What is the benefit of sending people to Kerith Retreats? We don’t know what we don’t know!

By Sam Doerksen

I decided that today was a good day to go for breakfast. We have a small café in town, and I had been working for a few hours already, so it seemed like the right thing to do. I could already taste the eggs and sausage. It will be good, I thought. I got into my vehicle and began to back out of the garage to the street. Before entering the street, I noticed a young boy on his way to school. One vehicle passed him, others who were walking passed by him, but he seemed oblivious to what was going on around him. He walked on the side of the road, so no danger there. He did not notice my vehicle. He was walking and looking for, I am assuming, the bugs in the grass. He was so intent on looking at the grass he rarely looked up to see where he was going or what was going on.

Caring for the soul is usually more about being than doing. Proverbs 4:23 tells us, “Above all else, guard your heart for it is the wellspring of life.”

There are times in life when we get so busy that we seem to “forget” who we are, or to what we have been called. Kerith Retreats allows time to stop, rest, recalibrate and then re-engage! Are any one of these missing in your ministry life? We generally only tend to notice what’s missing if we stop and consider what is happening or if someone else points it out. But if someone else points it out, are we then willing to take note of it and do something about it?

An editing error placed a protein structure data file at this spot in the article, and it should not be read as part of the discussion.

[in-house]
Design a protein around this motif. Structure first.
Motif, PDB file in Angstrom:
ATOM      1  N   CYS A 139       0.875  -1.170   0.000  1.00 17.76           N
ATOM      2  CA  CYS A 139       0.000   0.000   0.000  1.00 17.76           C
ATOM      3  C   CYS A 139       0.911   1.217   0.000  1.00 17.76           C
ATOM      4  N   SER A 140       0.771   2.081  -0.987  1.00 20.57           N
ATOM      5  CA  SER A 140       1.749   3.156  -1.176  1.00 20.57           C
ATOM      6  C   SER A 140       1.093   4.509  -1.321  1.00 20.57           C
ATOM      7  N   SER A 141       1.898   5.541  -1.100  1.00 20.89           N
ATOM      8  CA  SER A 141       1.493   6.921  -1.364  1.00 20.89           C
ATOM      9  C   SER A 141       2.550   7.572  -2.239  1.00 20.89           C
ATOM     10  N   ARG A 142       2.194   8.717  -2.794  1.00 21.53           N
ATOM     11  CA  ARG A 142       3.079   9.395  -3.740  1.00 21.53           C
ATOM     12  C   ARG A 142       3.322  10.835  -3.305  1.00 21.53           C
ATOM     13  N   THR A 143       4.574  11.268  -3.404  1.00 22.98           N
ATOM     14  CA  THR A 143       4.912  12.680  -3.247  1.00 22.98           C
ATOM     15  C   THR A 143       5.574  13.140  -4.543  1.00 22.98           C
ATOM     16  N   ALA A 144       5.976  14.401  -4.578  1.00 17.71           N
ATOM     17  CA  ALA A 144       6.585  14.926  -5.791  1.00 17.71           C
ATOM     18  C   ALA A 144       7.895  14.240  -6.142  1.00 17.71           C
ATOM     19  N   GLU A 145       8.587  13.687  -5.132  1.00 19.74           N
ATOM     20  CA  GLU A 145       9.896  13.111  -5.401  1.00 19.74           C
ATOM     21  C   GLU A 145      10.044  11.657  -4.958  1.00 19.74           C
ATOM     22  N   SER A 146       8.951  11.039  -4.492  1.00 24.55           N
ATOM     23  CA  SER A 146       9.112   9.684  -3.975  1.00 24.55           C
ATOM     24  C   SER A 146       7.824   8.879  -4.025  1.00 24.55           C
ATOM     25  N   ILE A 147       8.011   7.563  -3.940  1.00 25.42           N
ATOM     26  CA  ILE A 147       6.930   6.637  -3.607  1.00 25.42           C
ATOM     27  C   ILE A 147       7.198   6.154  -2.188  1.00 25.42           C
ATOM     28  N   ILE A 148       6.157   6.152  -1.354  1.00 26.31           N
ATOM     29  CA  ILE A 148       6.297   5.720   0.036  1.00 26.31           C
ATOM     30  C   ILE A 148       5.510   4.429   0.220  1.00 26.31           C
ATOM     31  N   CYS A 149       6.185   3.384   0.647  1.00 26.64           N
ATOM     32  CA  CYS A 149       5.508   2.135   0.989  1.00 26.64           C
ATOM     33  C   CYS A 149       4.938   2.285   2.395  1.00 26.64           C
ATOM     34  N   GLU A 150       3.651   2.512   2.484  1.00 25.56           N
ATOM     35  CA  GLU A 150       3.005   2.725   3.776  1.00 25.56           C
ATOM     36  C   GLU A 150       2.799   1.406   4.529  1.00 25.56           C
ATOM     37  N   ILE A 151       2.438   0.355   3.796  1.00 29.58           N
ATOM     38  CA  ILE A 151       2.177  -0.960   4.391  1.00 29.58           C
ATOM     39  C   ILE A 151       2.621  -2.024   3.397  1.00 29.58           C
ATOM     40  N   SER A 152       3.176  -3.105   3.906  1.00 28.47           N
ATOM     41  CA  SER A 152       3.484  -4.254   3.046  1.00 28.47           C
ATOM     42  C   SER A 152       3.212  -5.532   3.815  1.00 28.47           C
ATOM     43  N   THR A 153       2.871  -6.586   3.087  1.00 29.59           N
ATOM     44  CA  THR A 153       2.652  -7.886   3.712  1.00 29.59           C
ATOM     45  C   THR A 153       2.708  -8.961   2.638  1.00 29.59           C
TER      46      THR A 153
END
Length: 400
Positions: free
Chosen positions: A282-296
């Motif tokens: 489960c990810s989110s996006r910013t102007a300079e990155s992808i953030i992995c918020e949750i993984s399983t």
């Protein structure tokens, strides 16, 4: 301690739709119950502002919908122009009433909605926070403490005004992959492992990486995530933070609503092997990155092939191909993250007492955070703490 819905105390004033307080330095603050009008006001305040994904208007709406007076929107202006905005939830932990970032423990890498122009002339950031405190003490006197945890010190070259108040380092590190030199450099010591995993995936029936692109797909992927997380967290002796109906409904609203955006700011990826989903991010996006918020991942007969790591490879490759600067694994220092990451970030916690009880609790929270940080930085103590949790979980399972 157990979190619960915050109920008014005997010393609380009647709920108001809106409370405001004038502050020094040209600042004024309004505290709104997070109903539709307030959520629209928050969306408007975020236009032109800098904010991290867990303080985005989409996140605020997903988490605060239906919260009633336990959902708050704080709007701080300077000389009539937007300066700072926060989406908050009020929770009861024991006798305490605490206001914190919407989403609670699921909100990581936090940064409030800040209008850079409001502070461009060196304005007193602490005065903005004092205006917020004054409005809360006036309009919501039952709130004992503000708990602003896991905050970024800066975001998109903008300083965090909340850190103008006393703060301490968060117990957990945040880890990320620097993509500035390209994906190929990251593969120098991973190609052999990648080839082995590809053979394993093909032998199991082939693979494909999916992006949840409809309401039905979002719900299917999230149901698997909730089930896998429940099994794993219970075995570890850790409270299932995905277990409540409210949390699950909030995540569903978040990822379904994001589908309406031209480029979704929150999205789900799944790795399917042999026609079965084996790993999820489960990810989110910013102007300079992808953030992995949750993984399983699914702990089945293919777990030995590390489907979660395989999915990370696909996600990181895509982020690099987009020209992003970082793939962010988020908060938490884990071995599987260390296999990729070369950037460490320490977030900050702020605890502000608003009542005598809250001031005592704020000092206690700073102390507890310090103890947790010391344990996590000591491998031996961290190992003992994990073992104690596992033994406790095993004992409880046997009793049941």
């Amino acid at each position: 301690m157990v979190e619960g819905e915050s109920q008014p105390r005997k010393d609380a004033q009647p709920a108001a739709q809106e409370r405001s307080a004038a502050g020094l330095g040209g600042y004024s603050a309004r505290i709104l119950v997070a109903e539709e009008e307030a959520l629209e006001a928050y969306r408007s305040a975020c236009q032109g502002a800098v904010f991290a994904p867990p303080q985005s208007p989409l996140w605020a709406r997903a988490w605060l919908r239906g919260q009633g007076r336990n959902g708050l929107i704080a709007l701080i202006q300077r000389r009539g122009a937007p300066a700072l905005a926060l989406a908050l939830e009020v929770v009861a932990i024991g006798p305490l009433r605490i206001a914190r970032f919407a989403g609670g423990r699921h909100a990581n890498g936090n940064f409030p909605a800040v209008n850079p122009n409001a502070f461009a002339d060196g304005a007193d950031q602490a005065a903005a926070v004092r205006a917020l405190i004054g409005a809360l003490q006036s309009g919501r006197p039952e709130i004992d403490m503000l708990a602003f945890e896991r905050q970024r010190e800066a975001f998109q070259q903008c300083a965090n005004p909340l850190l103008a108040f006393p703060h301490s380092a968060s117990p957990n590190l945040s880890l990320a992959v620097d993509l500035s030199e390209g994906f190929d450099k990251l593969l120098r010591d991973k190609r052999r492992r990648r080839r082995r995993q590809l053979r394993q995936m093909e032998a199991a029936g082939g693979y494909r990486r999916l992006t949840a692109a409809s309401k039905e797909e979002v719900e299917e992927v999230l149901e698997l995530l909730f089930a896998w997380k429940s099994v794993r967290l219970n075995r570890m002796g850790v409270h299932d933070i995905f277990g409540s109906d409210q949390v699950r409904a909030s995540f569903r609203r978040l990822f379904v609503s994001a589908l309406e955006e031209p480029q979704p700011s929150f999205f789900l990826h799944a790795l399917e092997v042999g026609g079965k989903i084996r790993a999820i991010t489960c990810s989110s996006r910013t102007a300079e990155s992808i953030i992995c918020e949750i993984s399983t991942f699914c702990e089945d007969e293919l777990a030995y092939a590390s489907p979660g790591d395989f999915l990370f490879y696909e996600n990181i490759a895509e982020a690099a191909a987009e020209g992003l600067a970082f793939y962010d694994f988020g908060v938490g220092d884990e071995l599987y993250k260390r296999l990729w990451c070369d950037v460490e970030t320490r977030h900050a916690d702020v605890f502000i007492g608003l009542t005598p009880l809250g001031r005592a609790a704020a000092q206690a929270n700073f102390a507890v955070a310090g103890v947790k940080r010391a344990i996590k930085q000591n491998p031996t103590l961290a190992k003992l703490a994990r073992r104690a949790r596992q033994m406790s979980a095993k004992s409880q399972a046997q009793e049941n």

How can we know what we are missing? And if we don’t notice it, does it even matter? Matthew Sleeth in his book 24/6 explains that what is missing does matter! He tells this story while in training to become a medical doctor:

Six of us stood around a translucent, illuminated X-ray view screen. We were third year medical students, and our overall knowledge of the basic sciences would never be better. We had mastered anatomy, pathology, physiology, and pharmacology. We knew everything about medicine – in theory.

“Now we were ready for our first lesson in radiology. So, we took a deep breath, squared our shoulders, and stared at the front and side views of the chest X-rays on the screen. ‘See anything amiss?’ the radiologist asked. Quiet . . .

“After spending a lot of time searching unsuccessfully for the problem, the teacher gave a clue. ‘Where is the left clavicle?’ Where was the left clavicle? It was missing. We hadn’t seen it because it wasn’t there. The patient’s collarbone had been eaten away, almost certainly by cancer. The take-home point? What’s missing does matter.”